Time for a 'Privacy Checkup,' says Facebook
In coming weeks, all 1.28 billion Facebook users will go through a 'privacy checkup' that will ensure they know who can see their information, plus the default audience of posts will switch to 'Friends Only.'
On the heels of several initiatives aimed at getting users to share more information, Facebook is making sure users know who can see the information they share: close friends, networks, or the general public.
The initiative is called a “Privacy Checkup” and it is being rolled out to every one of Facebook’s 1.28 billion users. The feature will go through every part of a person’s Facebook page to be sure users are aware of who can see their information. In addition, all new posts will be shared with “Friends Only” by default. This appears to be a step away from Facebook’s previous actions regarding privacy, and comes at a time when privacy advocates are pressuring tech companies to make policies less complicated.
The next time users log onto Facebook, the social media site will guide users through every detail of their profile to ensure they are aware of who can see what data. This includes sharing information such as e-mail addresses and phone numbers, as well as double-checking that users are aware of what applications can access their Facebook account. Users can still decide what audience they want to share each individual post with, but the menu has been simplified. On the mobile app, “audience” now appears highlighted at the top of each status update separate from location, and feeling and activities options.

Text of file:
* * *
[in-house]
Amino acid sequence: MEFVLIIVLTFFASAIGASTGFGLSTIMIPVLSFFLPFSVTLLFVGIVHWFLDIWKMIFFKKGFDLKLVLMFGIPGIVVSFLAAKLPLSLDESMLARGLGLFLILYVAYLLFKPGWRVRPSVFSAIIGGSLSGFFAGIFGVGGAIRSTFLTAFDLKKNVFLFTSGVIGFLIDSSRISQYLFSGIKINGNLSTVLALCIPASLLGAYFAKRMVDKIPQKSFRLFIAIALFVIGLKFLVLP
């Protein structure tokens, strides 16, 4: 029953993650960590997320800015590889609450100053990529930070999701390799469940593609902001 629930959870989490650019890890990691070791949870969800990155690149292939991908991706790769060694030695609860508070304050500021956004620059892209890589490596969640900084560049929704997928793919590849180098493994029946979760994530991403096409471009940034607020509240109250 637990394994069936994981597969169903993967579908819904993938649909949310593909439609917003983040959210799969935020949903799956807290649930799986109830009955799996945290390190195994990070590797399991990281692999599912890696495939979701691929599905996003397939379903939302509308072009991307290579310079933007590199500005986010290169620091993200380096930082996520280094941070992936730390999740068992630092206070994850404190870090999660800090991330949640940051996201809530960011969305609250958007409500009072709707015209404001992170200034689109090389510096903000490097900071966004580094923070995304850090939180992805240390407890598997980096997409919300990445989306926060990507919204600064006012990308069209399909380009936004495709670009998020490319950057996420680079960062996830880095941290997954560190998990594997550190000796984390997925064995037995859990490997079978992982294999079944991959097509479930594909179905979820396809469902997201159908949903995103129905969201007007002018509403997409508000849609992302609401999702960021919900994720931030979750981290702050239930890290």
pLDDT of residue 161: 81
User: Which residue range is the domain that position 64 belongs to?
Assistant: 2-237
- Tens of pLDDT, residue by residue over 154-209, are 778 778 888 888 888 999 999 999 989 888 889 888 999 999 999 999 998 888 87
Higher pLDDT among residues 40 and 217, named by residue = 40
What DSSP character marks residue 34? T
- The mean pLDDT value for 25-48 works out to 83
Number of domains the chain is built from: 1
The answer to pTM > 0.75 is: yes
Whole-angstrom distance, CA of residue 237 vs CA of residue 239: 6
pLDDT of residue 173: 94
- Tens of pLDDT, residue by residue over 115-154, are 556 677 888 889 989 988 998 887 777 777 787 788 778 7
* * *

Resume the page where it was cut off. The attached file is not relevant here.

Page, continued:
Previously, the default audience for posts was “Public,” as Facebook attempted to make the site a more open flow of information, especially about current events, similar to Twitter.
Now it appears that Facebook recognizes social media users are still interested in sharing information about their lives, but want transparency as well as autonomy over their level of privacy.
“While some people want to post to everyone, others have told us that they are more comfortable sharing with a smaller group, like just their friends,” Facebook says in a blog post announcing the change. “We recognize that it is much worse for someone to accidentally share with everyone when they actually meant to share just with friends, compared with the reverse.”
A few weeks ago Facebook also rolled out “Anonymous Login,” which allows people to log in to a third-party application that works with Facebook without allowing that application to see any of the user’s information.
“[Facebook has] gotten enough privacy black eyes at this point that I tend to believe that they realized they have to take care of consumers a lot better,” says Pam Dixon, executive director of the World Privacy Forum, a nonprofit research and advocacy group, to the New York Times.
That being said, Facebook is still interested in encouraging sharing on its social media site and mobile app. In the past few weeks, Facebook has released a relationship status “Ask” button, an “I Voted” button for upcoming elections, and a “Nearby Friends” feature that lets users locate friends in their vicinity.